Thursday, May 20, 2010
Franklin Hall B Level 4 (Philadelphia Marriott Downtown)
Background: The long-term outcome of the research in autism spectrum disorders (ASD) was an important issue until now. However, we did not really know what kinds of variables could predict long-term outcome of children with ASD. Previous studies had shown that one of the strongest predictor of long-term outcome for children with ASD was expressive language. And there were some early social communicative abilities (i.e. joint attention, imitation and play) associated with language in children with ASD above the age of three (Toth et al., 2006). However, there was no study to investigate the relationships between joint attention, imitation, play and language in young children with ASD under 36 months.
Objectives: The purpose of the study was to examine the relationships between joint attention, imitation, play and language in young children with ASD less than 36 months. We also further investigated which variable was the unique contribution to language in the ASD population.
Methods: The participants were thirty nine 29-month-old (range = 24-36 months) children with ASD, including 31 cases of typical autism and 8 cases of atypical autism. All of participants were recruited from one local hospital in southern Taiwan and diagnosed by multidisciplinary team with DSM-IV-TR (APA, 2000). A modified form, T-STAT copy of the STAT (Stone, et al., 2000, 2004), was used to measure the social communicative abilities, including initiating joint attention, responding joint attention, object imitation, manual imitation, and doll-directed play. Besides, the verbal abilities were assessed by Mullen Scales of Early Learning (MSEL, Mullen, 1995) and Macarthur Communicative Development Inventories (CDI, Fensen et al., 1993). Results: First, the correlations of all predictive variables were examined, and the results revealed that responding joint attention, object imitation, and doll-directed play were correlated with language of the young children with ASD. However, the study results could not support the relation between initiating joint attention and language in young ASD children. Next, we used multiple regression analyses to examine the stronger predictor for language. And the results revealed that object imitation could predict expressive language from MSEL and doll-directed play could predict vocabulary ability from CDI.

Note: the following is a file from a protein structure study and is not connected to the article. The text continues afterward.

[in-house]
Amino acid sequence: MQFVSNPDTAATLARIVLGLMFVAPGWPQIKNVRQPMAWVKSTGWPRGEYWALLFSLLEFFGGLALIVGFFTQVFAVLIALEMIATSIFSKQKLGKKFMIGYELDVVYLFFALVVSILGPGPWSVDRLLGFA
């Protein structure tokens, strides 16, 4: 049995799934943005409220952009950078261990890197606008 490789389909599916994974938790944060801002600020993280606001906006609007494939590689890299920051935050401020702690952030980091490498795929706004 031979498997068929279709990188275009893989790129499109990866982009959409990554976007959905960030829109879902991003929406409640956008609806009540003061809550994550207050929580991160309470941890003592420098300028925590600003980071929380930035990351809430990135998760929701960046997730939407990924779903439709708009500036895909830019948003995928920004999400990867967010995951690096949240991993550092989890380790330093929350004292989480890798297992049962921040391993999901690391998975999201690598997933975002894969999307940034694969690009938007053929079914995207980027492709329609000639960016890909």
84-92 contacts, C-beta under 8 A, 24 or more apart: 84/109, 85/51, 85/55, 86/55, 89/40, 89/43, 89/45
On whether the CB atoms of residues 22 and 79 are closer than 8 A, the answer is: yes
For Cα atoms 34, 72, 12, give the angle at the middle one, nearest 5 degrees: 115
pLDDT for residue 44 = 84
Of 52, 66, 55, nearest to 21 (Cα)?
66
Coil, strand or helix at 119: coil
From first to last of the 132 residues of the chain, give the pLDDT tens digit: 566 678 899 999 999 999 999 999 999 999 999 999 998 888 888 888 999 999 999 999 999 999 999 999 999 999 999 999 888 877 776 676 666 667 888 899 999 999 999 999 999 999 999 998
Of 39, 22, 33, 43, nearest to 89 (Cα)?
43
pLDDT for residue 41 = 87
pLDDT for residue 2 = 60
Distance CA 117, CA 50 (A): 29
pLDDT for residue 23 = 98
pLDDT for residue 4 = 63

Conclusions: Results of this current study demonstrated that both object imitation and doll-directed play were the stronger predictors for expressive language in young children with ASD. Both object imitation and doll-directed play were that an agent performs an action involved an object. It provides salience via an action with an object for children with ASD to pay attention. It helped language development in children with ASD when they paid attention. The initiating joint attention could not predict the expressive language ability in young children with ASD. It was a surprising result. We suggested that maybe the performance of initiating joint attention in young ASD children were rarely to be a reason. The development of the language in children with ASD was needed to discuss the spotlight effect of object action.